Allowing people to check on their neighbours' energy bills could help them cut as much as £70 from their annual gas and electricity costs, a report has suggested.
Evidence from the UK and abroad shows that households reduce their energy use when their bills are compared with more energy efficient neighbours, in a classic case of "keeping up with the Joneses".
A report by Policy Exchange said the Government's new energy efficiency subsidy, the Energy Company Obligation, which levies money from people's energy bills to support measures such as insulation, should be extended to schemes influencing behaviour.
Eligible schemes could involve home energy visits that show people where they are wasting energy, better leaflets on how to cut bills and comparisons of energy use.
The centre right think tank said energy companies could allow households to anonymously join the scheme, which would let them compare their bills with people living in similar sized properties.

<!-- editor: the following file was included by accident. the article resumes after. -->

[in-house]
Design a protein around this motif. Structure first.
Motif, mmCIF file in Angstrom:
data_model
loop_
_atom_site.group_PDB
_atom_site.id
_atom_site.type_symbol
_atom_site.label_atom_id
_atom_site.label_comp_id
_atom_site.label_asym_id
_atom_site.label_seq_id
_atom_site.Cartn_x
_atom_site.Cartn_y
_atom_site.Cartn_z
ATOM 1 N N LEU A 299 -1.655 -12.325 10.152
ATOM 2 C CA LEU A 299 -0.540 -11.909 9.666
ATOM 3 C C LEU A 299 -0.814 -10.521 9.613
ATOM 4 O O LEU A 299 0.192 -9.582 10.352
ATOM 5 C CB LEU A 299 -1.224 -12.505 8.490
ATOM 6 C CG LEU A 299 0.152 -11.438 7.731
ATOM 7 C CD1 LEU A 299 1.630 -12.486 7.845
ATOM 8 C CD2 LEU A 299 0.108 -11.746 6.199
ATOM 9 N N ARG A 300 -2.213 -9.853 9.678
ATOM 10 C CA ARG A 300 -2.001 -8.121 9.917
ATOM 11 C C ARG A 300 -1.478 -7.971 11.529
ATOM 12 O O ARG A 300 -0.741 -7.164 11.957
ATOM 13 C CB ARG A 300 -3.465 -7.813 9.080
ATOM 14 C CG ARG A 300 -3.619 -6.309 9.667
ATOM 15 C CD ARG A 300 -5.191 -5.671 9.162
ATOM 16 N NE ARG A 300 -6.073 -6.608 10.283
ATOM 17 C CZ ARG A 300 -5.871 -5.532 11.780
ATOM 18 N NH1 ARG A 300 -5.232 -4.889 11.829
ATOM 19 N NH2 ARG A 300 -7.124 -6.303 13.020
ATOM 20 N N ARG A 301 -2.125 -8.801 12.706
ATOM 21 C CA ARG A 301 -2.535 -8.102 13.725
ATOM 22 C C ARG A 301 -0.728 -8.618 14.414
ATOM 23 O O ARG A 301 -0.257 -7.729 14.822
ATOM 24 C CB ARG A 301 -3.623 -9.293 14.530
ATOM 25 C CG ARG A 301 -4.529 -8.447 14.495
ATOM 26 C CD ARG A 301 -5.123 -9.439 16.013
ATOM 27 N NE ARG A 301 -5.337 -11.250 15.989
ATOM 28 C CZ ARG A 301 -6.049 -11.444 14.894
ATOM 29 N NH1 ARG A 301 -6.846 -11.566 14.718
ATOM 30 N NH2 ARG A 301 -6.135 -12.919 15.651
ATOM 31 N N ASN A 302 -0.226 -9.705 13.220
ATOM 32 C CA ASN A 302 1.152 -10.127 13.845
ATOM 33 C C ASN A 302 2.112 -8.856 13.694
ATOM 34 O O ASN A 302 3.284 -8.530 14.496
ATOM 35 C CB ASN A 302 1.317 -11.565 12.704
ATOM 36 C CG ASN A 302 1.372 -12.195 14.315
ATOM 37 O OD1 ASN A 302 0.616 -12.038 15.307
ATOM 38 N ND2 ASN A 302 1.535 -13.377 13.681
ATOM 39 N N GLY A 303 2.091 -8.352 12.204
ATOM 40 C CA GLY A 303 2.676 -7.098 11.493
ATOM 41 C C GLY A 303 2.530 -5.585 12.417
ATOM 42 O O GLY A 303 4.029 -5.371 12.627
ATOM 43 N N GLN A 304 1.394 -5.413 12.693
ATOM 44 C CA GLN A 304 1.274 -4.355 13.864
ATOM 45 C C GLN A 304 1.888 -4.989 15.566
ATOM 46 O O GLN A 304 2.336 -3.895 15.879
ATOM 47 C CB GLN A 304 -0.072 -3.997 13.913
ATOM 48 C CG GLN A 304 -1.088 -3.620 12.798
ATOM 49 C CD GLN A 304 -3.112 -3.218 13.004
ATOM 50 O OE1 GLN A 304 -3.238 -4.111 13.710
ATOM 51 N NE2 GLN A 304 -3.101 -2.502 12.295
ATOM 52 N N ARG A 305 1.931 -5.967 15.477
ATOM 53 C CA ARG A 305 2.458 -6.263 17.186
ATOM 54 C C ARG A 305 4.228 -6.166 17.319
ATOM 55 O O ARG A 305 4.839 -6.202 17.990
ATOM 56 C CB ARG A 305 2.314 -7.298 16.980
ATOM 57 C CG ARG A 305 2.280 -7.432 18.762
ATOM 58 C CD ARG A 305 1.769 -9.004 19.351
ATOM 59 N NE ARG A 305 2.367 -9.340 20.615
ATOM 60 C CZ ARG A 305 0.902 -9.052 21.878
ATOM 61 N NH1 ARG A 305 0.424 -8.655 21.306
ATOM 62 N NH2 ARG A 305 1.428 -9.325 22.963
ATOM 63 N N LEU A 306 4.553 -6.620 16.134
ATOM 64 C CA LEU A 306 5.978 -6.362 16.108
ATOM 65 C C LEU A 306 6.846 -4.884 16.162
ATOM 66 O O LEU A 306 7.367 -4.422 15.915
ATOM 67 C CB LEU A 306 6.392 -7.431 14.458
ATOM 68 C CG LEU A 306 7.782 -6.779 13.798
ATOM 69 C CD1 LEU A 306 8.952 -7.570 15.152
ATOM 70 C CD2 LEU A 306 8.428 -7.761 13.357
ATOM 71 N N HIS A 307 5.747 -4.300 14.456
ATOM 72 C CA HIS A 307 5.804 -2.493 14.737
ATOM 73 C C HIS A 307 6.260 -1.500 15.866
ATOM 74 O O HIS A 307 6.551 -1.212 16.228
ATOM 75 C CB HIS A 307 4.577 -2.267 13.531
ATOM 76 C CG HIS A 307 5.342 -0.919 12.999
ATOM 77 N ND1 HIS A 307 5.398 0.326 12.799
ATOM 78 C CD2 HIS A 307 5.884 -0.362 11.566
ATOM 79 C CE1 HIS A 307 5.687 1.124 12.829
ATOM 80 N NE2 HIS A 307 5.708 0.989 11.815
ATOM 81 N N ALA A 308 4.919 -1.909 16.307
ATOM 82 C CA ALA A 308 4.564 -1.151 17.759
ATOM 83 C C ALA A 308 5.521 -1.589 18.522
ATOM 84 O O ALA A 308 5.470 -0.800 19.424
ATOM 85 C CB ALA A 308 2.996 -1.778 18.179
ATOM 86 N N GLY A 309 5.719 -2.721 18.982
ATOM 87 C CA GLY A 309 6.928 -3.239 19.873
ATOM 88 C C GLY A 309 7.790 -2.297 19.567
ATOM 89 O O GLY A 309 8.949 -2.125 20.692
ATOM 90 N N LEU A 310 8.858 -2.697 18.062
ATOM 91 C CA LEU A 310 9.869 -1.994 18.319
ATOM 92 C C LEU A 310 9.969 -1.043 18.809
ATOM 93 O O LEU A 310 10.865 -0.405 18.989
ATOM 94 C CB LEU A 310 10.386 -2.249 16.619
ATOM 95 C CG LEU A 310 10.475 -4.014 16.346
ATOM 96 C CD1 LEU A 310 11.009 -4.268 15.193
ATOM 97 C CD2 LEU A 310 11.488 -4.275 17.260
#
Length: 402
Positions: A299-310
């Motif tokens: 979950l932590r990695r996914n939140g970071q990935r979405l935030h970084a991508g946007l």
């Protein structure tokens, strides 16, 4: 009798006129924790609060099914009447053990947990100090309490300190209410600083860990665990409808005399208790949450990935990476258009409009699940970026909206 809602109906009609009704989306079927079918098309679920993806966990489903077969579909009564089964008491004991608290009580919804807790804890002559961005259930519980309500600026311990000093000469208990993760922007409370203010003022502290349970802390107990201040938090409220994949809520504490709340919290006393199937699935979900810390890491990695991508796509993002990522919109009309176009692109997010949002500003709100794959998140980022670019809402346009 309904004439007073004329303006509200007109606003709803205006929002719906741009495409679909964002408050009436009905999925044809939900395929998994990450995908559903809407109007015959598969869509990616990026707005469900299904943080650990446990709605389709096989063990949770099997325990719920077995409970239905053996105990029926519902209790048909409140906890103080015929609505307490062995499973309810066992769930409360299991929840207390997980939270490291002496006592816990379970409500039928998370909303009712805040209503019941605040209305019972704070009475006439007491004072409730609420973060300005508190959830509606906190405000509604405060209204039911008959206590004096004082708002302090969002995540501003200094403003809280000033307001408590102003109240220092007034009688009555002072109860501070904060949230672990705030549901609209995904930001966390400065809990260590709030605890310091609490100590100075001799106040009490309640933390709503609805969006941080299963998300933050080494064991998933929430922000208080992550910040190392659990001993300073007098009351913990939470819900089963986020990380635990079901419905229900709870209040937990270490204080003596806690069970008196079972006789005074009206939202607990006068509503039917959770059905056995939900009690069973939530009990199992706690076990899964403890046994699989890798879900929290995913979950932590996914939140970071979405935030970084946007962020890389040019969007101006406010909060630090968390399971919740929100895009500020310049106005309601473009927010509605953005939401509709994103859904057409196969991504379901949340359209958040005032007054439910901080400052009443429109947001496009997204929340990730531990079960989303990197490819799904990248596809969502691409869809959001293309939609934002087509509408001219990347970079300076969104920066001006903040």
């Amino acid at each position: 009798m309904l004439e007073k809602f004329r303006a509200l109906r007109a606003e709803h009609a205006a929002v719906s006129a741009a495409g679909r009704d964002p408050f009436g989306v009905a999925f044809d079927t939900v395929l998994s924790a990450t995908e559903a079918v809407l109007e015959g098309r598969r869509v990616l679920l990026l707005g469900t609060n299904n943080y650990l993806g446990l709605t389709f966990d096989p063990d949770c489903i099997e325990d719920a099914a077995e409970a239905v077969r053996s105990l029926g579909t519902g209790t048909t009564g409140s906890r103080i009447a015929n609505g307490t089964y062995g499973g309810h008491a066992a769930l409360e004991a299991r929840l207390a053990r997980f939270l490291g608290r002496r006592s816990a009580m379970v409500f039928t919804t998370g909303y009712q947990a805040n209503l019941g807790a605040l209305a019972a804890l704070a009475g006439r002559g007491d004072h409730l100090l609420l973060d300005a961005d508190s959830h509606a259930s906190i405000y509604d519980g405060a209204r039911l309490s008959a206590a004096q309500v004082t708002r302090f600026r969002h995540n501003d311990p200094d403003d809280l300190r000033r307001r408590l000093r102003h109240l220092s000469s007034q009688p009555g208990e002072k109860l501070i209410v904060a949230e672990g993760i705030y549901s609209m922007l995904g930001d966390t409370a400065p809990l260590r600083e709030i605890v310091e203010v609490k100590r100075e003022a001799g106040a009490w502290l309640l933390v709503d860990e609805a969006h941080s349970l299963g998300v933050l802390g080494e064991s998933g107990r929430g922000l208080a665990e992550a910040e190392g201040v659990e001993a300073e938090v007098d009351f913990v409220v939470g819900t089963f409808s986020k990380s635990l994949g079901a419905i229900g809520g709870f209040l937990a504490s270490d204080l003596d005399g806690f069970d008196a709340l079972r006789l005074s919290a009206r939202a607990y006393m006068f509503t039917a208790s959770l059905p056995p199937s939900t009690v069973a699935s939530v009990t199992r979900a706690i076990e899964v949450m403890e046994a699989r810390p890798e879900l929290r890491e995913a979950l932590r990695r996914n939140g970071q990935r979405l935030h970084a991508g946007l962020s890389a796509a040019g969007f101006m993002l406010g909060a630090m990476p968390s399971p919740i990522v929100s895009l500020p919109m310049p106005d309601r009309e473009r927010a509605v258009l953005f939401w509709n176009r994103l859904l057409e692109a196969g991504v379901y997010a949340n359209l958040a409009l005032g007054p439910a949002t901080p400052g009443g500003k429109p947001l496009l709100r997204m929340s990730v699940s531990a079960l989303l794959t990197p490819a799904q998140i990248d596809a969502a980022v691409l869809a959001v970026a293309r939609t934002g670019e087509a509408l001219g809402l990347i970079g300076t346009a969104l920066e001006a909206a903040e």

A trial in Camden, London, helped people reduce their bills by 6% through a combination of comparing bills and energy efficiency advice at a cost of just £3 per household. With an average household dual fuel bill of £1,260, this could lead to savings of more than £70.
Schemes in the United States have seen an average reduction of 2% by sending bills to households which compare their costs with an energy efficient neighbour.
Guy Newey, the report's author, said: "Helping people to cut their rising energy bills and avoid wasting energy is one of the most important things the Government can do.
"Smart meters have the potential to help change the way we use energy in the home. But they won't change habits on their own.
"Households need support to understand where they can make savings. If you find out your neighbour is paying £50 month less for their energy, you're much more likely to do something about reducing your own energy use."